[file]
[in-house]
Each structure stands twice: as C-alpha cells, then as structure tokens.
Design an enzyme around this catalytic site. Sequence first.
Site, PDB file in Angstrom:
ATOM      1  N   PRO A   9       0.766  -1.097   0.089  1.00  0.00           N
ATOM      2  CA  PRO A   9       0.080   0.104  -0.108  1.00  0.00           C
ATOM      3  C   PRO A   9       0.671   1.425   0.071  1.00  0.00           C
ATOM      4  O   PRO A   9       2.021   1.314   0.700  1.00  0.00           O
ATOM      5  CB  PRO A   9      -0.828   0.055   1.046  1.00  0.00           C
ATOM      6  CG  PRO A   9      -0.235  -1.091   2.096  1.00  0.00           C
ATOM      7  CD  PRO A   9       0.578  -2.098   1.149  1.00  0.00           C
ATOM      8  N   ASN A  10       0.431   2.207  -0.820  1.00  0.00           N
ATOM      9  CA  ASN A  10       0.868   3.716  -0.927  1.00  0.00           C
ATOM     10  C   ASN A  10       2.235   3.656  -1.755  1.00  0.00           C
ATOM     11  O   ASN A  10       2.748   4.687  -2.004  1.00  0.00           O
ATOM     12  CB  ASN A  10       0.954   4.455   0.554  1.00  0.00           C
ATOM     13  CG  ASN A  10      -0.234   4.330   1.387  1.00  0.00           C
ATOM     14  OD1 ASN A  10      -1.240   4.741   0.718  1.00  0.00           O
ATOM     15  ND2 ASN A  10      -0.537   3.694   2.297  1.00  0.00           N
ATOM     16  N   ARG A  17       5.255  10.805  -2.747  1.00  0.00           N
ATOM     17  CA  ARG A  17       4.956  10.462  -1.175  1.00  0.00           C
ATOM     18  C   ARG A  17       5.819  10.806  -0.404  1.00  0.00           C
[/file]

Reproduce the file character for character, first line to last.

[in-house]
Each structure stands twice: as C-alpha cells, then as structure tokens.
Design an enzyme around this catalytic site. Sequence first.
Site, PDB file in Angstrom:
ATOM      1  N   PRO A   9       0.766  -1.097   0.089  1.00  0.00           N
ATOM      2  CA  PRO A   9       0.080   0.104  -0.108  1.00  0.00           C
ATOM      3  C   PRO A   9       0.671   1.425   0.071  1.00  0.00           C
ATOM      4  O   PRO A   9       2.021   1.314   0.700  1.00  0.00           O
ATOM      5  CB  PRO A   9      -0.828   0.055   1.046  1.00  0.00           C
ATOM      6  CG  PRO A   9      -0.235  -1.091   2.096  1.00  0.00           C
ATOM      7  CD  PRO A   9       0.578  -2.098   1.149  1.00  0.00           C
ATOM      8  N   ASN A  10       0.431   2.207  -0.820  1.00  0.00           N
ATOM      9  CA  ASN A  10       0.868   3.716  -0.927  1.00  0.00           C
ATOM     10  C   ASN A  10       2.235   3.656  -1.755  1.00  0.00           C
ATOM     11  O   ASN A  10       2.748   4.687  -2.004  1.00  0.00           O
ATOM     12  CB  ASN A  10       0.954   4.455   0.554  1.00  0.00           C
ATOM     13  CG  ASN A  10      -0.234   4.330   1.387  1.00  0.00           C
ATOM     14  OD1 ASN A  10      -1.240   4.741   0.718  1.00  0.00           O
ATOM     15  ND2 ASN A  10      -0.537   3.694   2.297  1.00  0.00           N
ATOM     16  N   ARG A  17       5.255  10.805  -2.747  1.00  0.00           N
ATOM     17  CA  ARG A  17       4.956  10.462  -1.175  1.00  0.00           C
ATOM     18  C   ARG A  17       5.819  10.806  -0.404  1.00  0.00           C